The 18th of October is EU Anti-Trafficking Day, a crime that is not only a grave violation of human rights, but also a violent practice of organised crime that deprives vulnerable groups of their human dignity and freedoms. Indeed, the intersection of diverse forms of discrimination, for example based on gender, race or poverty, makes these groups more vulnerable to fall into the hands of traffickers. A special emphasis should be given to the gendered perspective of human trafficking, which deeply affects women and children, especially, those with a migrant or refugee background.
On the occasion of EU Anti-Trafficking Day, Eurodiaconia welcomes the recent Common Anti-Trafficking Plan to address the risks of trafficking in human beings and support potential victims among those fleeing the war in Ukraine. The Common Plan, which is built on 10 action points to foster coordination to protect people fleeing from Ukraine, was launched on 11 May 2022 by the EU Solidarity Platform led by the EU Anti-Trafficking Coordinator.
The Common Plan relies on the EU Anti-trafficking Directive and the EU Strategy on Combatting Trafficking in Human Beings, therefore, providing a comprehensive response to tackle this crime: from the prevention and protection of victims to the prosecution and conviction of traffickers. The plan follows five main goals to strengthen awareness, reinforce prevention, enhance law enforcement and judicial response, improve early identification and protection of victims, as well as to direct the efforts of non-EU countries, such as Ukraine and Moldova to address the risks of trafficking.
The devastating effects of Russia’s invasion of Ukraine forced more than 7 million people to flee from war to the European Union. The conflict has magnified trafficking trends, prompting traffickers to target those who are in a more vulnerable position. The majority of people fleeing from war are both women and children. Indeed, according to the EU Strategy on Combatting Trafficking, sexual (60%) and labour exploitation (15%) are the predominate trafficking motives, of which 72% of the victims are women and girls.
We welcome the recognition of human trafficking as gender-based violence, and the necessary gender and child rights-based approach that the Common Anti-Trafficking Plan promotes for its practical implementation. Likewise, we acknowledge the importance of training front-line responders for the recognition of victims, especially because crossing and entry points such as railway stations are often hotspots of human trafficking.
Eurodiaconia calls on EU Member States to commit to the full implementation of the Temporary Protection Directive in order to ensure the full enjoyment of the rights to access employment and social benefits. The lack of a comprehensive recognition of these rights amongst several Member States, especially the right to social welfare assistance, increases the likelihood of being trafficked. Our members have a long-standing experience working on the integration and inclusion of refugees. In their experience, upholding strong social rights is key for the prevention of human trafficking. Effective access to social rights and employment integration of people fleeing from Ukraine would prevent isolation, social exclusion, and poverty, as well as entering informal labour markets and situations of trafficking and exploitation.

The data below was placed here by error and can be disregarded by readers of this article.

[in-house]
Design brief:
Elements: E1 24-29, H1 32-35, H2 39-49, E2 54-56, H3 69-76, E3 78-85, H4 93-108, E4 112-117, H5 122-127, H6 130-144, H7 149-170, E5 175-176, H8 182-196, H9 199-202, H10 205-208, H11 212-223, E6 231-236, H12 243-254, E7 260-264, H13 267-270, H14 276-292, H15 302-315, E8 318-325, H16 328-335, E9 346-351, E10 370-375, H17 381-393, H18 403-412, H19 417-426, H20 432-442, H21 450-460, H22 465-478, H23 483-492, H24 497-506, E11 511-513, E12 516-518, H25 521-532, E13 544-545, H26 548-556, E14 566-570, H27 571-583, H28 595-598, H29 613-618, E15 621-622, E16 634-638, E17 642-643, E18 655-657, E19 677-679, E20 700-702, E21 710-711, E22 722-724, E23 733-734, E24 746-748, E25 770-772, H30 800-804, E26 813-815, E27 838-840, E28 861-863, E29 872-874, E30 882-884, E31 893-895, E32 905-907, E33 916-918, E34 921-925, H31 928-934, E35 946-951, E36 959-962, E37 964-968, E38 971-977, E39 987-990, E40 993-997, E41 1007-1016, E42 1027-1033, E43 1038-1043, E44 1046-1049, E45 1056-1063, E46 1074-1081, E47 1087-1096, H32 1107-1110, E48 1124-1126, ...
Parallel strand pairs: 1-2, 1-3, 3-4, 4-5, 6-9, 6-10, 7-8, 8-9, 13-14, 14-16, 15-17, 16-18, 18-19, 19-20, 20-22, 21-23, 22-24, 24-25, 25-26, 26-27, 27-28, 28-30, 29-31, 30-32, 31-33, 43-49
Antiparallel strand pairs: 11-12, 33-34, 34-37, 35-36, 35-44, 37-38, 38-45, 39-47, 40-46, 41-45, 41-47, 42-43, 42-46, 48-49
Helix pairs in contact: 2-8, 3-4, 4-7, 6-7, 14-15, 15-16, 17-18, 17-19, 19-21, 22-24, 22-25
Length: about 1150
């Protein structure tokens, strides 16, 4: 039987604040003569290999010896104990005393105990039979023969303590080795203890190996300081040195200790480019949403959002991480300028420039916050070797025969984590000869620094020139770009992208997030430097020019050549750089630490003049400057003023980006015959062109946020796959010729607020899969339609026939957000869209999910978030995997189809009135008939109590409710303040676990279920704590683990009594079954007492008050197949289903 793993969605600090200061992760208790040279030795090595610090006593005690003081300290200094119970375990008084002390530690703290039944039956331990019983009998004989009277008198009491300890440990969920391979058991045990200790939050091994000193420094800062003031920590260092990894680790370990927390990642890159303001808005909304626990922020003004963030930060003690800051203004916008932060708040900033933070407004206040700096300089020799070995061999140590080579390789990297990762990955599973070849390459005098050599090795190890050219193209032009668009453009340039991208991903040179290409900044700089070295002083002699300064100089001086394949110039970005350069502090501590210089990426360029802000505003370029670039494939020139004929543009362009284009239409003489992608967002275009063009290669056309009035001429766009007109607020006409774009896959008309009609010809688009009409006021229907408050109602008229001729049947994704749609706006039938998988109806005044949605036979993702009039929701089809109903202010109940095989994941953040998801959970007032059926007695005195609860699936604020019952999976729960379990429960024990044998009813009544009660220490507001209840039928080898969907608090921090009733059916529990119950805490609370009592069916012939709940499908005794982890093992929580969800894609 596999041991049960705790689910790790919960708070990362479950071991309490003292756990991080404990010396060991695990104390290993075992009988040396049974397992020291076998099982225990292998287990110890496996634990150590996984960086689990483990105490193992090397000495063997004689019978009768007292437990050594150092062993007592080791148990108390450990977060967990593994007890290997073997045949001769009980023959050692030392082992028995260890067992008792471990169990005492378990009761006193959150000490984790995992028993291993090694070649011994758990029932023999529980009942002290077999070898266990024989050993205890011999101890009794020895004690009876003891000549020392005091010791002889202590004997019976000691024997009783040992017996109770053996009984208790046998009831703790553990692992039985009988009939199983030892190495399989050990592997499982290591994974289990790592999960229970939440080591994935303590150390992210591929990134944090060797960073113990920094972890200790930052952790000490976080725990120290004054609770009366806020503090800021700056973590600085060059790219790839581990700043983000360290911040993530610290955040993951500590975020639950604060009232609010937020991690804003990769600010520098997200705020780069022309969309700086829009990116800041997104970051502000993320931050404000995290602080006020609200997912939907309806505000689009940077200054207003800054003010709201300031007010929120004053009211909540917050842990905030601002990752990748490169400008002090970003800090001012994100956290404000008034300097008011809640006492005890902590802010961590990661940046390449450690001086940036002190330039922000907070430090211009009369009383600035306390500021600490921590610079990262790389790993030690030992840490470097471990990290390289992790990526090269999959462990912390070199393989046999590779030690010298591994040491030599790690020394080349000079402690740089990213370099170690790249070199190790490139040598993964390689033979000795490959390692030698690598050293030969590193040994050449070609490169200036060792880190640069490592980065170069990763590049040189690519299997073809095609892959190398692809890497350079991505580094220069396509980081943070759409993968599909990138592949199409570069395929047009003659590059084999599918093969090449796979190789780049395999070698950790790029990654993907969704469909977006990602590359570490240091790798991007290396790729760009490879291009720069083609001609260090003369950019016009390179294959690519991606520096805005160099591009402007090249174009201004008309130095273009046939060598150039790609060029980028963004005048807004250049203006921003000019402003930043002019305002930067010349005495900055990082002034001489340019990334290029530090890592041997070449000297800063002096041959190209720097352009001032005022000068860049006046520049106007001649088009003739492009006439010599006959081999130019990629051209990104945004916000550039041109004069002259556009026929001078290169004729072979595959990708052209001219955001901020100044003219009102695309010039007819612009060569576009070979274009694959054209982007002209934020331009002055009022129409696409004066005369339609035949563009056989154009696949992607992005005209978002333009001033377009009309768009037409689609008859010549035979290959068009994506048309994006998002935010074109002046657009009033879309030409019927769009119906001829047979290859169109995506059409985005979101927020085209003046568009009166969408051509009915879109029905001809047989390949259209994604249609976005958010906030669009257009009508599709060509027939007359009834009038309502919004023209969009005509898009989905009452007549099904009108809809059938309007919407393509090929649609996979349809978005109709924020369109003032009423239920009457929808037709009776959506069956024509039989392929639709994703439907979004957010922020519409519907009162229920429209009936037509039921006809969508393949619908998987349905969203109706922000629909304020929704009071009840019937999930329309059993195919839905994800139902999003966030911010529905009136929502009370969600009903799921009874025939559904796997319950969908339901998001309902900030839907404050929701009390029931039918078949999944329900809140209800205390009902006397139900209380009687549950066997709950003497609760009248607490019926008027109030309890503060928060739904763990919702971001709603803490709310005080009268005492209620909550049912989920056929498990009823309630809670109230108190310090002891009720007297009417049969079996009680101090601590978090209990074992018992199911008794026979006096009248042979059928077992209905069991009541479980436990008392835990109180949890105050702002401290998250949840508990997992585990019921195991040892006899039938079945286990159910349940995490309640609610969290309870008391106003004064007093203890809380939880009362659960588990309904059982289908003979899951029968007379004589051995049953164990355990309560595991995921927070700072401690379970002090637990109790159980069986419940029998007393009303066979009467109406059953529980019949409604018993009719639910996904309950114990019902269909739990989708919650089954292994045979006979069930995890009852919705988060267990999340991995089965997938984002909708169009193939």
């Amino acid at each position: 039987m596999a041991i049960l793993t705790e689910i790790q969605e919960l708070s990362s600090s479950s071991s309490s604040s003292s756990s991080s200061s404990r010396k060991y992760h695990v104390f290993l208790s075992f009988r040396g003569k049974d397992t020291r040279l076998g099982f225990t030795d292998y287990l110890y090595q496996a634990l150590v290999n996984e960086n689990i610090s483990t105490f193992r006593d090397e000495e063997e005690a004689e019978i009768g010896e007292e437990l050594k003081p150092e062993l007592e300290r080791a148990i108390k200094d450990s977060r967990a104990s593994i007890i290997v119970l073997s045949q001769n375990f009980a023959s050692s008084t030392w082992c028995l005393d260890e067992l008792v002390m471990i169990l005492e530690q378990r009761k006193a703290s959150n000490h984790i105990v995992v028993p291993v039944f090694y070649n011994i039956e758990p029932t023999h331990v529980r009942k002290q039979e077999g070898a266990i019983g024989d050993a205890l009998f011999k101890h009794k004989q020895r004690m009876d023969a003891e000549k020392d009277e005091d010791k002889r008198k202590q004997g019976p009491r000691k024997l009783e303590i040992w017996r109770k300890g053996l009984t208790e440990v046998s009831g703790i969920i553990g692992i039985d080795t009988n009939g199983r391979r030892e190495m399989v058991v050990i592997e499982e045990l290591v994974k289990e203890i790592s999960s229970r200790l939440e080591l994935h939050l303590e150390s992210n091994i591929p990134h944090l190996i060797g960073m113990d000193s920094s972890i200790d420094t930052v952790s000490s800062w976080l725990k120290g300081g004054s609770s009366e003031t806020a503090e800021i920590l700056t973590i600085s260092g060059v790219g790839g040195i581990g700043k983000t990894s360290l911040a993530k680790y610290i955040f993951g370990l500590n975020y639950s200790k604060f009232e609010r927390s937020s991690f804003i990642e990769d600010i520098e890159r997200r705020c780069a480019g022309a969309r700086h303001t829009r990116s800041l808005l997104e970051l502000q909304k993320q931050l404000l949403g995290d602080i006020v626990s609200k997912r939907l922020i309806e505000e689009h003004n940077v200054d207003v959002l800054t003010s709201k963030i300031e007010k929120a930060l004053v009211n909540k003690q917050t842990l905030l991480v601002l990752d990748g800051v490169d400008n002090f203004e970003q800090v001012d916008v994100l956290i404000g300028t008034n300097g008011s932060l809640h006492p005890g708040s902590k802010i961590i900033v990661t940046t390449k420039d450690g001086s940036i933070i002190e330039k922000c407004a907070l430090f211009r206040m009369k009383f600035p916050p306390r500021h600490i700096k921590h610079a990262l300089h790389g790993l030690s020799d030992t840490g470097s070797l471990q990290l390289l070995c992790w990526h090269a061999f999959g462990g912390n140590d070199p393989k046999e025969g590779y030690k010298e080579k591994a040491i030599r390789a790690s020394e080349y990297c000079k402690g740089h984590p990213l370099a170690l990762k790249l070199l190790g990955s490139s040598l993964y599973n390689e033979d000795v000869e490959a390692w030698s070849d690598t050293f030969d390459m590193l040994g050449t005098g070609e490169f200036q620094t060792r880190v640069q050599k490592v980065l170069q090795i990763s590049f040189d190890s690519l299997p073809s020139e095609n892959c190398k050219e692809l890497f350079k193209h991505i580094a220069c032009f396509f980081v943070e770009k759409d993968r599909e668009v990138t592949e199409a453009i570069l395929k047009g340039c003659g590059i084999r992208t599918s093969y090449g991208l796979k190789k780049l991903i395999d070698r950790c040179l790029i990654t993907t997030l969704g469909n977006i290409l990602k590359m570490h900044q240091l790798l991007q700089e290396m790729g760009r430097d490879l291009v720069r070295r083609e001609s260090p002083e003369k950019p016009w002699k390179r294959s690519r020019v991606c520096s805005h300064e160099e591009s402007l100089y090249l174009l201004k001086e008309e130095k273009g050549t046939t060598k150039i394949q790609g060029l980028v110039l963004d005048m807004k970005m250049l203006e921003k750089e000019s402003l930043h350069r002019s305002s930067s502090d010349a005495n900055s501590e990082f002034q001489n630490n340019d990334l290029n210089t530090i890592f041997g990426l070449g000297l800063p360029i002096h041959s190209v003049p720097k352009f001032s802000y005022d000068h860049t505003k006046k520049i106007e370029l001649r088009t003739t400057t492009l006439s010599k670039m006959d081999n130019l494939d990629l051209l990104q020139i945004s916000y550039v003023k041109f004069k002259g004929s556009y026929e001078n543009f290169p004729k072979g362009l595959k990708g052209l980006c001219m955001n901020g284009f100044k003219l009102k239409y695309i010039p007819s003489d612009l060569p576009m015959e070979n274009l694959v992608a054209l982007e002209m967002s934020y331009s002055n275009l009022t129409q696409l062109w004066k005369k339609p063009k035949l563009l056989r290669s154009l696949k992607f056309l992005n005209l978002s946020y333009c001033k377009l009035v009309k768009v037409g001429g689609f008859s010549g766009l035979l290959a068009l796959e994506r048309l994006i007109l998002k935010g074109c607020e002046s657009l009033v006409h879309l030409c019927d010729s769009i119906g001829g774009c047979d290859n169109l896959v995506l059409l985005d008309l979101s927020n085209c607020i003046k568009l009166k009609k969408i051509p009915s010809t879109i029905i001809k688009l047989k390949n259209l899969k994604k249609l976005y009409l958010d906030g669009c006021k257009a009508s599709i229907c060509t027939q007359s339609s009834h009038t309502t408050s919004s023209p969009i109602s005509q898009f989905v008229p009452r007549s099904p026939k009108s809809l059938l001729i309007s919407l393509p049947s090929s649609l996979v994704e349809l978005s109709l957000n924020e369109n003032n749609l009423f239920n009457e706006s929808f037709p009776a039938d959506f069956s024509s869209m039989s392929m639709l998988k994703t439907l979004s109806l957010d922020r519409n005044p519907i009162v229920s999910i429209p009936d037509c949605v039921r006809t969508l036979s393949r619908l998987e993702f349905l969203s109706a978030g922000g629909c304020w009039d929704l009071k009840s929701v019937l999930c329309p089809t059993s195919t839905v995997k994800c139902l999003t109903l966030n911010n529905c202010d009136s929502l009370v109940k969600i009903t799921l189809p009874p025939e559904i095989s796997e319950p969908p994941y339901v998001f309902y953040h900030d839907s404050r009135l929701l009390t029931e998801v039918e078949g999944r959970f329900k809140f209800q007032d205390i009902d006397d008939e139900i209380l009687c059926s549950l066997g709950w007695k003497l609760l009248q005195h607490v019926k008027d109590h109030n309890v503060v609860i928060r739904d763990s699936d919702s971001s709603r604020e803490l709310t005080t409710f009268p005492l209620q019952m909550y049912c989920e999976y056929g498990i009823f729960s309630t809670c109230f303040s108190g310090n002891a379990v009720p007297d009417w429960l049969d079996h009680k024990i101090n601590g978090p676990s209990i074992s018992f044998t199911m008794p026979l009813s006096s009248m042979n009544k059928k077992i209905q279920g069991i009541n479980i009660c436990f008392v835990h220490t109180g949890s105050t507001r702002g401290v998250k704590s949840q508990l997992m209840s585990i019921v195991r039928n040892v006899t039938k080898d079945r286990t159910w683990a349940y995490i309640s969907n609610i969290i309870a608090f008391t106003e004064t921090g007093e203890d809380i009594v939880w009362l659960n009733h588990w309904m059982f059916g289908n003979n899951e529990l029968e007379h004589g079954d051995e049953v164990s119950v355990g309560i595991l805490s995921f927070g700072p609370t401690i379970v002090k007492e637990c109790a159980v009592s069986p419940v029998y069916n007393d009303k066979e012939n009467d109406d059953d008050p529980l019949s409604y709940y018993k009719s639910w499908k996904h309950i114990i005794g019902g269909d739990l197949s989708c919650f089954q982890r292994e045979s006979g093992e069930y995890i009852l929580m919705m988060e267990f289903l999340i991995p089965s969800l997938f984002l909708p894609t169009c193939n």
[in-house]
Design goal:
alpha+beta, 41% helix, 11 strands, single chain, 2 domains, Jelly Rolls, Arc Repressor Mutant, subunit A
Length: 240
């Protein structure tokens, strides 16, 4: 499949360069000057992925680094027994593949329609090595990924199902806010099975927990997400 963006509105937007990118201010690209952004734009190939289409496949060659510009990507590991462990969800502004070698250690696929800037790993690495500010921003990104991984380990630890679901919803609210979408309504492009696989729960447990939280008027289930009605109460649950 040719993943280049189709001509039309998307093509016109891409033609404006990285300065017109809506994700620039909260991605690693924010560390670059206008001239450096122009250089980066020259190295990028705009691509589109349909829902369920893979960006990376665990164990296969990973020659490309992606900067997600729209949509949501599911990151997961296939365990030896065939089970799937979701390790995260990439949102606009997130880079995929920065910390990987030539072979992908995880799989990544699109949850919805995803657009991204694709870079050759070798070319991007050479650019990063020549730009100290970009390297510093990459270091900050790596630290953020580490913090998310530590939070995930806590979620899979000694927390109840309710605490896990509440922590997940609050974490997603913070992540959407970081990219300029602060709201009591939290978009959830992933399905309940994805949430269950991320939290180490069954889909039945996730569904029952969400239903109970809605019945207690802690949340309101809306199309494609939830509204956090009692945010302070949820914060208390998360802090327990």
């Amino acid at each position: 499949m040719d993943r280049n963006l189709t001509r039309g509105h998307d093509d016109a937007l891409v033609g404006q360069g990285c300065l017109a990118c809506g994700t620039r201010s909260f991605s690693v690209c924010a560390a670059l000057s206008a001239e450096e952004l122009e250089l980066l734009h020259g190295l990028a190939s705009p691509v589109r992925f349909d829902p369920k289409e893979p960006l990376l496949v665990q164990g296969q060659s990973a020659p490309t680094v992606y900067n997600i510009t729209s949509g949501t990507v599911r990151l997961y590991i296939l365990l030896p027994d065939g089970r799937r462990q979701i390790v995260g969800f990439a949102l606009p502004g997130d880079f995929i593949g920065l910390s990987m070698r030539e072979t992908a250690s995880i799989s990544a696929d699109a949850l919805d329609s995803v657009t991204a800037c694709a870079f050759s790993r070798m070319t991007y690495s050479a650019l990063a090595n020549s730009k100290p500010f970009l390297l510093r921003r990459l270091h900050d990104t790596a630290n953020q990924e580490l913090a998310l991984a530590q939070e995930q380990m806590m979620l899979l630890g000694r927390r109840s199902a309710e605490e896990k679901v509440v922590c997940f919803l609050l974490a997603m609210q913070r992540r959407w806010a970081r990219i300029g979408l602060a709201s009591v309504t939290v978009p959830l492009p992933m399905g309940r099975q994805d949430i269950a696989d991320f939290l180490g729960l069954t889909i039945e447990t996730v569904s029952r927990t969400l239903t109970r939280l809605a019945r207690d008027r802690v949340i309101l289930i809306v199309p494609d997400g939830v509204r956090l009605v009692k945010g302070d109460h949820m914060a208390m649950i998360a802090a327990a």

Many of our members, including Diaconía España, have extensive experience on the fight against human trafficking. In collaboration with diverse national administrations, the Public Prosecutor’s Office and other specialised civil society entities, Diaconia España provides a comprehensive framework for the prevention of human trafficking and the protection of victims. Following a preventive approach, they offer holistic trainings to raise awareness on the phenomena, giving professionals at the frontline such as police officers, airport personnel, or professionals in reception centres the necessary instruments for early identification. In addition to this, they work to assist victims in their full recovery and reintegration process, starting with reception in safehouses, while offering multidisciplinary services in the areas of psychological assistance, legal advice, social integration, access to education, and integration into the labour market.
Eurodiaconia calls for a strong implementation of the comprehensive European legal and policy frameworks to protect the most vulnerable from trafficking. The vital role of civil society including our members in preventing, addressing, and providing long-term support for victims of human trafficking should be acknowledged today and every day. There must be a shared commitment between Member States, civil society, and EU institutions to ending human trafficking, the solution to which requires political commitment, dedication to upholding human dignity, and swift action.